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RogueRose
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[*] posted on 17-12-2018 at 15:09


The coal thing is about 5% of what I'm interested in. I'm looking at much smaller scale applications.
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AJKOER
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[*] posted on 17-12-2018 at 17:30


Here is a cool idea, low cost, safe, environmentally friendly and likely efficient.

Mix air with the gas to be scrubbed (say H2S) and pass through a tap water solution (rich in transition metals like Fe, Mn,..) in which an electric current flows.

The solution is exited through some microjets and collected. Repeat process on dissolved gas as necessary.

Reactions, first dissolved oxygen and electric current could form some superoxide radical anion:

O2(d) + e- = .O2-

Next some expected chemistry surrounding the Electro-Fenton reaction (background, see https://www.tandfonline.com/doi/abs/10.1080/10643389.2017.14... and free pdf at https://www.researchgate.net/publication/319934098_Modeling_... ) incorporating microjets (replacing the need for acid addition):

Fe(lll) + e- = Fe(ll)

Fe(ll) + O2 = Fe(lll) + .O2- (the superoxide radical)

Using microjets, the pH of the aerosol is now high and .O2- + H+ --> .HO2

.HO2 + Fe(ll) + H+ --> Fe(lll) + H2O2 (in situ created hydrogen peroxide, see p.32, Eq 30, in 'Modeling of Electro-Fenton Process' pdf)

Fe(ll) + H2O2 + H+ --> Fe(lll) + H2O + .OH (See Eq 1, p. 4, where hydroxyl radical is capable of degrading organics, H2S,..)

Related work employing micro jets based Fenton reaction see my thread and sources at http://www.sciencemadness.org/talk/viewthread.php?tid=81667#... and also photo-Fenton https://www.sciencedirect.com/science/article/pii/S004565351... .Example of electro-scrubbing, see http://jes.ecsdl.org/content/163/14/E390.full.pdf+html .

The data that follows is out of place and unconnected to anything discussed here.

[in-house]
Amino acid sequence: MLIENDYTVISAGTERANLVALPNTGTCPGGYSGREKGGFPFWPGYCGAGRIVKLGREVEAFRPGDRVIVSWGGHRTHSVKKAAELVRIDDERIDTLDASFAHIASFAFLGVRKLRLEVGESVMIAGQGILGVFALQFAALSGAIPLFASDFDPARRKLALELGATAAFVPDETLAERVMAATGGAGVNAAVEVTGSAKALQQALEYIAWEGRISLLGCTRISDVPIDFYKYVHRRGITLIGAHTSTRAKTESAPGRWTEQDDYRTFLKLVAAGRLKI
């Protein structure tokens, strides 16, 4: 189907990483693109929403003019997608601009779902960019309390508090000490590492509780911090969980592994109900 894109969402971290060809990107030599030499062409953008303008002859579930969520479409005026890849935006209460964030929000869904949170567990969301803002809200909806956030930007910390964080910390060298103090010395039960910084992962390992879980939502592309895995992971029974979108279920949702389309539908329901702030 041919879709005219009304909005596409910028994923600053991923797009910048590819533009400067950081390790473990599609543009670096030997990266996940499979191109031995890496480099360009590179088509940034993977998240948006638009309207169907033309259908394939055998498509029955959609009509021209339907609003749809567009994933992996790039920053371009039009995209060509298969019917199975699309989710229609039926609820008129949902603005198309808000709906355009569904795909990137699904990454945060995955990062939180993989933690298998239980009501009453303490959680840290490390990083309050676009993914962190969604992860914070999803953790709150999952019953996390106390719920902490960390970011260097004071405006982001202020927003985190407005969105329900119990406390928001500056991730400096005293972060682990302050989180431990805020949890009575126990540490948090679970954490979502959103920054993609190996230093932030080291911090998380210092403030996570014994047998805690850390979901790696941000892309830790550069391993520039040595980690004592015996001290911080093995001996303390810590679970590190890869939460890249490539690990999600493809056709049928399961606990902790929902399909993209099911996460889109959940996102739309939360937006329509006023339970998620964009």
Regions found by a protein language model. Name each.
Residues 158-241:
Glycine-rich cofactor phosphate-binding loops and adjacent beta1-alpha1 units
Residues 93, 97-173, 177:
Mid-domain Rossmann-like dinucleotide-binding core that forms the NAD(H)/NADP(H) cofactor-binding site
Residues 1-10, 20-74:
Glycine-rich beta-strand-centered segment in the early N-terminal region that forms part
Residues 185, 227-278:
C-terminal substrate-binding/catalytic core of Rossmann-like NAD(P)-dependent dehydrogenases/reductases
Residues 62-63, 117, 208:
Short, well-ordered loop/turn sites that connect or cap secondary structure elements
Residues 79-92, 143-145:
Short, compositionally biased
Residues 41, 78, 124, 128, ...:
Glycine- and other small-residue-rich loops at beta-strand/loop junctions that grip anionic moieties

We can collaborate on the patent write-up if you can make a demo!

[Edited on 18-12-2018 by AJKOER]

[Edited on 18-12-2018 by AJKOER]
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Pumukli
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[*] posted on 18-12-2018 at 10:13


You should take into consideration how much pressure drop would be acceptable in your system. The "cold water sprayed into a tower" method causes much less pressure drop than the "wet sponge" method where you try to pass gasses through a wetted absorbent material.


The colder the absorbing medium is the better of course.
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Sulaiman
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[*] posted on 18-12-2018 at 10:28


In my mind, not in reality, I would USE all byproducts or make them suitable for later use.
NOx for example captured by hydrogen peroxide to yield dilute nitric acid.
I've only used Cl2 gas a few times,
each time more escaped than was used.

My plan for next time I set up a gas generator for SO2, Cl2 etc.
Is to do as many experiments requiring that gas as I can manage,
probably the exhaust from some would be the feed for others.




CAUTION : Hobby Chemist, not Professional or even Amateur
(suffering from separation of me and my chemistry stuff)
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Fulmen
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[*] posted on 18-12-2018 at 13:44


This is a common technique used in a wide array of industrial applications. Any good process engineering book should teach you most of what you are looking for. I'm sure there are free online books out there. As for other references it is very comparable to distillation columns.

Designing a good scrubber will probably depend on a wide array of criteria. Capacity, liquid phase (usually water) consumption, recovery and efficiency are just a few I can think of on the top of my head.

I would start by looking at packed columns. It has a good balance between efficiency and pressure drop and are easy to construct.




We're not banging rocks together here. We know how to put a man back together.